I would ask what they mean by ‘Company accomodations at the production facility’, especially since it’s in Mexico. If it is what I think it is I wouldn’t go.

And make sure that overtime pay is contractually guaranteed and properly defined (how much), else you should expect not to get one eventually.

Further, do you have any requirements to visit Taiwan or Canada regularily, for family or such? - If yes you should try to negotiate some free flights (shortest route) into the contract.

What the other posters said.

Also, make a comprehensive list of advantages/disadvantages of staying here or going there and look at it long and hard.

Lastly, are you going to receive stock options?

young, single…why not? Beats teaching.

Listen to what they said Stimpy. $2000 is really really low for the US- that’s a going rate for college grads who are going into their 1st year of administrative assistant work.

If I were you, see if you can contact others in the market, at other companies to find out what they started out with and what the rate is. Check out and (US job websites) Also, since this is in the US, you need to find out about if this is a position connected to unions, and if so, is the company going to pay for those fees? How about taxes? Are they going to be filed under US or Taiwan? Who’s going to do all the paperwork for you? Who is your support system in the US and Mexico for such a thing?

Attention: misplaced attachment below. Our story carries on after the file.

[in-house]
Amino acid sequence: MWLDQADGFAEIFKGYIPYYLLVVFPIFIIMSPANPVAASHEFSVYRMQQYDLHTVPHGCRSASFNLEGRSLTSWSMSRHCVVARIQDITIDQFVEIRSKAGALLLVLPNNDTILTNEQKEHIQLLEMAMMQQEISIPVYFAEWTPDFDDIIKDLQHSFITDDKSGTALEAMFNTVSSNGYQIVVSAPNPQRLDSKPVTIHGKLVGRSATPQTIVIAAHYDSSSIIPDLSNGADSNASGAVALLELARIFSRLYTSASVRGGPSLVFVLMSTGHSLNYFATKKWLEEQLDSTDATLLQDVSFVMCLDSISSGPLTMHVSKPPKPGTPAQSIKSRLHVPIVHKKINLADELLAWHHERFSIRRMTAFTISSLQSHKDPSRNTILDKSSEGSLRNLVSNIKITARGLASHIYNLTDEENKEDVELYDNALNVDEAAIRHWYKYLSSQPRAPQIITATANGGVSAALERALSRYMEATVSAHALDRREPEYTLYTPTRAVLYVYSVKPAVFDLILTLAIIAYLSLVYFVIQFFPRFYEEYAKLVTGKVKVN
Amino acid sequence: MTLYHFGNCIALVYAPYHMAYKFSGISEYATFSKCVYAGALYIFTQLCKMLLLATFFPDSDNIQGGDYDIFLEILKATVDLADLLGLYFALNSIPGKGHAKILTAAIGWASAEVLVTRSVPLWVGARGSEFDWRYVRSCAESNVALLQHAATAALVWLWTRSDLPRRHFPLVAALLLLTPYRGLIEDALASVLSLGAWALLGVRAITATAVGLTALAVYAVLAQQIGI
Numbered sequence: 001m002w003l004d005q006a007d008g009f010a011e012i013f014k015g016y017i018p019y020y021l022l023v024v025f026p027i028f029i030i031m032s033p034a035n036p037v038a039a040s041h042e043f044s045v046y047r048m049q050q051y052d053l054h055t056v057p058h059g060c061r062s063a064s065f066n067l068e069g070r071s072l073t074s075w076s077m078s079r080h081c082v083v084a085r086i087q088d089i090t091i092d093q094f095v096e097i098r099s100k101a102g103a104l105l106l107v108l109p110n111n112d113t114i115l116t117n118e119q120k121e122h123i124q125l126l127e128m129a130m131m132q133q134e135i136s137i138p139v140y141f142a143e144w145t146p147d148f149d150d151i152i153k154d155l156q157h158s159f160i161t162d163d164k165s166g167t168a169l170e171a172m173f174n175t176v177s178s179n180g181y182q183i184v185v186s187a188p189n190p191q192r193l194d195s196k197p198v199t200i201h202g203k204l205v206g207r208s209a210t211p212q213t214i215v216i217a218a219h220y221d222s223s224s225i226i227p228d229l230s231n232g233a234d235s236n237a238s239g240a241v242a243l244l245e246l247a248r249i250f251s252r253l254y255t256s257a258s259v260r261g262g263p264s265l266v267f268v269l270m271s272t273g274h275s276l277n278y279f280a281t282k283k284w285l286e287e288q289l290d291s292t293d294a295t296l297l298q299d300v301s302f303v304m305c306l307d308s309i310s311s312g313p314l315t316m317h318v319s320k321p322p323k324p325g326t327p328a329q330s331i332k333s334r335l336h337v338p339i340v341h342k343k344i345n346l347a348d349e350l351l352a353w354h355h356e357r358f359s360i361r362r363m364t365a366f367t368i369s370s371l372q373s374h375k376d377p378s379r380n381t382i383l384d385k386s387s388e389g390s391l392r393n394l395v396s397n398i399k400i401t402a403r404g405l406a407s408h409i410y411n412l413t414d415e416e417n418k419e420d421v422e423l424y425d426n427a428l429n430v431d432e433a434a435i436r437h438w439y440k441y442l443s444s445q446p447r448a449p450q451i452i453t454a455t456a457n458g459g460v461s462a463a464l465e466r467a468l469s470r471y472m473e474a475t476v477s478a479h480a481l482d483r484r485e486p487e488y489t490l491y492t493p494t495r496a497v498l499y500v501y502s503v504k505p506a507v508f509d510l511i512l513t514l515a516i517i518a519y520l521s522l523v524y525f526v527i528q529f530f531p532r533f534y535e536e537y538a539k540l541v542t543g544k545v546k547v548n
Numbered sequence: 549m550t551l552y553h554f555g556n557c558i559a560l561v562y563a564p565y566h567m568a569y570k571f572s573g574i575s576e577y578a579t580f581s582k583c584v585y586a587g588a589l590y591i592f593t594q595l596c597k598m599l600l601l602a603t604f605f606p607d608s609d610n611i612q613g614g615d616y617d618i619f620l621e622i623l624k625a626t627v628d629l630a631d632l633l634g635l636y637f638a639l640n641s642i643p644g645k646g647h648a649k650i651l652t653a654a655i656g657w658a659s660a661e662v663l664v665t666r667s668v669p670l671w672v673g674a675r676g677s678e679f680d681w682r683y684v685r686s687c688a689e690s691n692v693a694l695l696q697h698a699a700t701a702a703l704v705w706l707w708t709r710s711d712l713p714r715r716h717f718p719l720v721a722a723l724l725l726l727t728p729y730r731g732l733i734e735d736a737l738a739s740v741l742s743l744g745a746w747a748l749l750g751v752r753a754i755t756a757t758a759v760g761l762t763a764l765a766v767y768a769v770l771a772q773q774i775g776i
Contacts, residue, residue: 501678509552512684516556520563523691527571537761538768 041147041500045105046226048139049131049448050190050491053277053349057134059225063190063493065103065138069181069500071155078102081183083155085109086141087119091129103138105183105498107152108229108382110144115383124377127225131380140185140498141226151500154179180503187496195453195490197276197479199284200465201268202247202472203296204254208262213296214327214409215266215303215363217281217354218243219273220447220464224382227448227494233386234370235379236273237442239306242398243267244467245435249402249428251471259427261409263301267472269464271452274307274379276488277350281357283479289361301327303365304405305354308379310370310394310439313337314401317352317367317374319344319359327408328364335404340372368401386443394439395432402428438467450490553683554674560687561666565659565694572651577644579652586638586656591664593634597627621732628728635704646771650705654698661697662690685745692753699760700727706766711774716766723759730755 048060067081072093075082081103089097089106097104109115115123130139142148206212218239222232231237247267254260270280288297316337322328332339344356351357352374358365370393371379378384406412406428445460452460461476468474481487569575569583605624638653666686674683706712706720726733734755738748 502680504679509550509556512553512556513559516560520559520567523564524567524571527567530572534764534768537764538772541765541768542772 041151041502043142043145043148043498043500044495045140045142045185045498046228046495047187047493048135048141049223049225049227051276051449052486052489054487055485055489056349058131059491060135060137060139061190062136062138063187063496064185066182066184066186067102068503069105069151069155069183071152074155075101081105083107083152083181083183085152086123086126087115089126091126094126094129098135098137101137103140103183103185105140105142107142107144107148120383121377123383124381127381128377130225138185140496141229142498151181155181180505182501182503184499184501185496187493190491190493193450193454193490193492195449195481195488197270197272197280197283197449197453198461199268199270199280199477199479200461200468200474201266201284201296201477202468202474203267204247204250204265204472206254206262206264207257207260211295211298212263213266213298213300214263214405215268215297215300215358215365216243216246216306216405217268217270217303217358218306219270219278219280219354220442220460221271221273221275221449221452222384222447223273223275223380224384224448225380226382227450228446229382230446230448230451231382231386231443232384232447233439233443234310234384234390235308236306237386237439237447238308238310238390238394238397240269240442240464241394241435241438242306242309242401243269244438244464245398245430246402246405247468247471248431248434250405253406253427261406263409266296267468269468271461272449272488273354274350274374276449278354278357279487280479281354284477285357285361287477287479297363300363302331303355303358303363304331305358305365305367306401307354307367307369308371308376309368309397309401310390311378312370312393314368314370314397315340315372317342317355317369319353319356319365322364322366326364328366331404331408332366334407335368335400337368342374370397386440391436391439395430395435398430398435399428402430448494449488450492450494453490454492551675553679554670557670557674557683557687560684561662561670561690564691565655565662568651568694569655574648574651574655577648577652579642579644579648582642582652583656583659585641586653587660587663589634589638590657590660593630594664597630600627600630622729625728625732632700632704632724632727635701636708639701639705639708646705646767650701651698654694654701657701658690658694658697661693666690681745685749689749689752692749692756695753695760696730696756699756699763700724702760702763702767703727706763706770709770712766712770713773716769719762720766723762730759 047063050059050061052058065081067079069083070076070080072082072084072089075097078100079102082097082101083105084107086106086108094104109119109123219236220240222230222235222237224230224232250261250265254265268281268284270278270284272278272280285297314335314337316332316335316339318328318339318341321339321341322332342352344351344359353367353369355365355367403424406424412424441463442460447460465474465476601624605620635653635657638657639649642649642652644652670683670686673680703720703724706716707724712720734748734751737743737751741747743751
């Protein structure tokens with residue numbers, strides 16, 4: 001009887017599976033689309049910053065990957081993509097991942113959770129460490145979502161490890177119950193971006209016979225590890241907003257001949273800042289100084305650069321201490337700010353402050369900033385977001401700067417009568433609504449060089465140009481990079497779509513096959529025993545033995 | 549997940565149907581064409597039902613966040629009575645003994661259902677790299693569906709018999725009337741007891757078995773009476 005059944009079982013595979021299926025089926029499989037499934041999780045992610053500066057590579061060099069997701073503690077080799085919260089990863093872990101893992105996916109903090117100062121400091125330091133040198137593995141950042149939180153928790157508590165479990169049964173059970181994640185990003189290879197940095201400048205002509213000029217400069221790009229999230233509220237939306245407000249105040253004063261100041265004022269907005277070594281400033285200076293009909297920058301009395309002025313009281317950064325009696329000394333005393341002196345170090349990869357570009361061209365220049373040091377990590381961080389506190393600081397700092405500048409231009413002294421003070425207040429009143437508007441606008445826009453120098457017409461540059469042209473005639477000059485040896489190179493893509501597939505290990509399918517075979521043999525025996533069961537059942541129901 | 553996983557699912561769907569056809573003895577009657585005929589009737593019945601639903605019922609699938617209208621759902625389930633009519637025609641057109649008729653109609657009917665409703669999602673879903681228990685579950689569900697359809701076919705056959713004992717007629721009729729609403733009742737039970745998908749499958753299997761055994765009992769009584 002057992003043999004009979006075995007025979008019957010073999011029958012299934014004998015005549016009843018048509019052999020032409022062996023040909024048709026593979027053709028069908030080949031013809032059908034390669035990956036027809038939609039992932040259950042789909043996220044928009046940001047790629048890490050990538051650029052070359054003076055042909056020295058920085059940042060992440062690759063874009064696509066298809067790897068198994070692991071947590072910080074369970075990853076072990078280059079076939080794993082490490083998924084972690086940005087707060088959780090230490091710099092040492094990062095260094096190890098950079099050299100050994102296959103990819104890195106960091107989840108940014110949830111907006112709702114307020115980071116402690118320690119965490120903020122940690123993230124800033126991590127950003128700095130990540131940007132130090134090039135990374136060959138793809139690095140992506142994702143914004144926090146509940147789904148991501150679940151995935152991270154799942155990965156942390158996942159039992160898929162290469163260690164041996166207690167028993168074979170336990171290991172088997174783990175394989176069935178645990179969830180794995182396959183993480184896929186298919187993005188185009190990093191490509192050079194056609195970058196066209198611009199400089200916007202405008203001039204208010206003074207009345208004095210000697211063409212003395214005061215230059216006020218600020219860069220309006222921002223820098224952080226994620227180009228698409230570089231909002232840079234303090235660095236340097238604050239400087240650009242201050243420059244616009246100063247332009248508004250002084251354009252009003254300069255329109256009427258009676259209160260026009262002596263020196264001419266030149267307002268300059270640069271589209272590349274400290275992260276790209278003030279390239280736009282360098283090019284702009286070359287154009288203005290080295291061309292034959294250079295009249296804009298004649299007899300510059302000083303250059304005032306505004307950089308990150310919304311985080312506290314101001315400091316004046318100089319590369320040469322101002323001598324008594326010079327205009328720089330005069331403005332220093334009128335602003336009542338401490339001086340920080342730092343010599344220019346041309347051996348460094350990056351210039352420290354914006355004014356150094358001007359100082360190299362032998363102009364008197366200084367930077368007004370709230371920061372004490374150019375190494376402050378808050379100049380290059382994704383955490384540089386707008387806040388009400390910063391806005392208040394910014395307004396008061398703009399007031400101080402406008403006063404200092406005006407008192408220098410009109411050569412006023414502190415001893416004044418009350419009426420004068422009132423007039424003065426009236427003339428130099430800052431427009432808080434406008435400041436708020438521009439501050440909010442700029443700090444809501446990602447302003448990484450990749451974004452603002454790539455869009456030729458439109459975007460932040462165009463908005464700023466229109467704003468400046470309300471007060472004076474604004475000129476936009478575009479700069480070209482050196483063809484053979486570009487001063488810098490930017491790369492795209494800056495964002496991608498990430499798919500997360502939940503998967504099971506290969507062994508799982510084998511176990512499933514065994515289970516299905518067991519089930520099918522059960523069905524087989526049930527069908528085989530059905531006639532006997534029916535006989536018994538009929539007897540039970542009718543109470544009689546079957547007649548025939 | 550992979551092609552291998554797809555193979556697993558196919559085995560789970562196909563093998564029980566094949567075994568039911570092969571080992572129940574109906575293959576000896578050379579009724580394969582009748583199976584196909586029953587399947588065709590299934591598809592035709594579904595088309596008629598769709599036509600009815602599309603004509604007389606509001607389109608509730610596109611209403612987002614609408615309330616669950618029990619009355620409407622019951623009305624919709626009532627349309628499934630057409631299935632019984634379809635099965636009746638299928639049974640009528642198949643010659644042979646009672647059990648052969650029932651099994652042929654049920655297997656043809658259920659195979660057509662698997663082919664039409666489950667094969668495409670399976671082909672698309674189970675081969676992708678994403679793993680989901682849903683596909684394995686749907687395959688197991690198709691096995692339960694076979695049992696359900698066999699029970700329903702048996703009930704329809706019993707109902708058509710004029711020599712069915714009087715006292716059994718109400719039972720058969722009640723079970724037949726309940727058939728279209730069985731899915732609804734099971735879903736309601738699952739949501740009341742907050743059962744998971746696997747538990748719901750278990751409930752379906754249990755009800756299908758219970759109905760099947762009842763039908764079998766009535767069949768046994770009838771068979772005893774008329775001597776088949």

What about transportation while you live in Texas? I don’t think you can get around without a car. Will your health insurance cover you in Mexico? Most PPOs and HMOs don’t have international coverage.

Best of luck. Any new venture can bring abundance. Hopefully an abundance of everything good :wink:

I here you. Money is a major downside to this offer. The upside is it may lead somewhere more lucrative. I’ll have to investigate that a bit more.

Apparently, this isn’t a big deal. The word from the company is a Canadia with a degree can get permits within the NAFTA area easily. At any rate, much easier than for Taiwanese.

Good idea.

Yes a problem. I don’t relish the idea of living in a Maquiladora.

There were flights mentioned in the contract, about twice a year.

No, not really. At least not more than a few phrases. I’d have to learn. Maybe my knowledge of French would help in learning another romance language(?).

Thanks to all and especially those who pmed.

Sounds good to me, Stimpy. You were at a crossroads before career wise as I recall and I suspect only good could come of this.

However, and I’ll leave this up to others to add their bit, I was initially thinking it could lead somewhere, but now I’m wondering, because a lot of these types of jobs - that were formerly done bny Taiwanese engioneers, etc, have been taken over by lower paid local employees in China.

I think the future prospects thing is where you need to focus. I;ll leave that up to the sad goons that drift in and out of Dongguan to answer.

All the best.


Wow. Can you introduce him to me? I would love that. I love Mexico and $2000 usd is a huge income there.

I would inquire how much time in Mexico and USA. The salary is low by US standards.